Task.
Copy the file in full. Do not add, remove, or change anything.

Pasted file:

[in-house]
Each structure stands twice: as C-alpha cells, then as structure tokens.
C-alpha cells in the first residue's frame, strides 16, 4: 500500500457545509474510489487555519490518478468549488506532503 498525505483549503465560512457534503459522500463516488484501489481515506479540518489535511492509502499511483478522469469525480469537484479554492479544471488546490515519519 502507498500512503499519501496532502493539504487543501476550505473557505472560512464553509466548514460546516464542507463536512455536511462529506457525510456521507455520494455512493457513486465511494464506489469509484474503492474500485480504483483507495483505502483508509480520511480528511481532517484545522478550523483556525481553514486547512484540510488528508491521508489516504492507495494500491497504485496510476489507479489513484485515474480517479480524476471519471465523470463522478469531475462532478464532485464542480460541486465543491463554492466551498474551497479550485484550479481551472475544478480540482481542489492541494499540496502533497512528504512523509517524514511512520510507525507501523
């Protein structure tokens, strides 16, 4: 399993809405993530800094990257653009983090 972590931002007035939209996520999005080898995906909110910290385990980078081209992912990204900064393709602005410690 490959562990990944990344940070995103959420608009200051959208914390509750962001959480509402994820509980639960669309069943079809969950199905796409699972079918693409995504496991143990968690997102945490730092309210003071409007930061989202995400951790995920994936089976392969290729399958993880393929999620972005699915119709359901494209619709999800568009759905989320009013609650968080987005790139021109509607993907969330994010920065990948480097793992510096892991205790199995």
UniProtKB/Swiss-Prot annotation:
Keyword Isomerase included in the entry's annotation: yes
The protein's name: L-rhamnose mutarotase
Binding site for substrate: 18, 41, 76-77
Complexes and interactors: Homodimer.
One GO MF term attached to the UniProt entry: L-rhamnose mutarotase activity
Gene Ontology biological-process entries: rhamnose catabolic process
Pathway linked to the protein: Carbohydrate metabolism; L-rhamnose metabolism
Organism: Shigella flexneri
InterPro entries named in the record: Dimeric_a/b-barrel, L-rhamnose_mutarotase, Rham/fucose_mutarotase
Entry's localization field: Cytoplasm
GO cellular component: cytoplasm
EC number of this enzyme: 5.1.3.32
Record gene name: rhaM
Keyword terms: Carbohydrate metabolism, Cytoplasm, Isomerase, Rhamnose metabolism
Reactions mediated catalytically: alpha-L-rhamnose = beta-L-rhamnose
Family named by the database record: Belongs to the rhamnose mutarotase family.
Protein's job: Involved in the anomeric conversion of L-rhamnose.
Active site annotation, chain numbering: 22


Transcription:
[in-house]
Each structure stands twice: as C-alpha cells, then as structure tokens.
C-alpha cells in the first residue's frame, strides 16, 4: 500500500457545509474510489487555519490518478468549488506532503 498525505483549503465560512457534503459522500463516488484501489481515506479540518489535511492509502499511483478522469469525480469537484479554492479544471488546490515519519 502507498500512503499519501496532502493539504487543501476550505473557505472560512464553509466548514460546516464542507463536512455536511462529506457525510456521507455520494455512493457513486465511494464506489469509484474503492474500485480504483483507495483505502483508509480520511480528511481532517484545522478550523483556525481553514486547512484540510488528508491521508489516504492507495494500491497504485496510476489507479489513484485515474480517479480524476471519471465523470463522478469531475462532478464532485464542480460541486465543491463554492466551498474551497479550485484550479481551472475544478480540482481542489492541494499540496502533497512528504512523509517524514511512520510507525507501523
């Protein structure tokens, strides 16, 4: 399993809405993530800094990257653009983090 972590931002007035939209996520999005080898995906909110910290385990980078081209992912990204900064393709602005410690 490959562990990944990344940070995103959420608009200051959208914390509750962001959480509402994820509980639960669309069943079809969950199905796409699972079918693409995504496991143990968690997102945490730092309210003071409007930061989202995400951790995920994936089976392969290729399958993880393929999620972005699915119709359901494209619709999800568009759905989320009013609650968080987005790139021109509607993907969330994010920065990948480097793992510096892991205790199995």
UniProtKB/Swiss-Prot annotation:
Keyword Isomerase included in the entry's annotation: yes
The protein's name: L-rhamnose mutarotase
Binding site for substrate: 18, 41, 76-77
Complexes and interactors: Homodimer.
One GO MF term attached to the UniProt entry: L-rhamnose mutarotase activity
Gene Ontology biological-process entries: rhamnose catabolic process
Pathway linked to the protein: Carbohydrate metabolism; L-rhamnose metabolism
Organism: Shigella flexneri
InterPro entries named in the record: Dimeric_a/b-barrel, L-rhamnose_mutarotase, Rham/fucose_mutarotase
Entry's localization field: Cytoplasm
GO cellular component: cytoplasm
EC number of this enzyme: 5.1.3.32
Record gene name: rhaM
Keyword terms: Carbohydrate metabolism, Cytoplasm, Isomerase, Rhamnose metabolism
Reactions mediated catalytically: alpha-L-rhamnose = beta-L-rhamnose
Family named by the database record: Belongs to the rhamnose mutarotase family.
Protein's job: Involved in the anomeric conversion of L-rhamnose.
Active site annotation, chain numbering: 22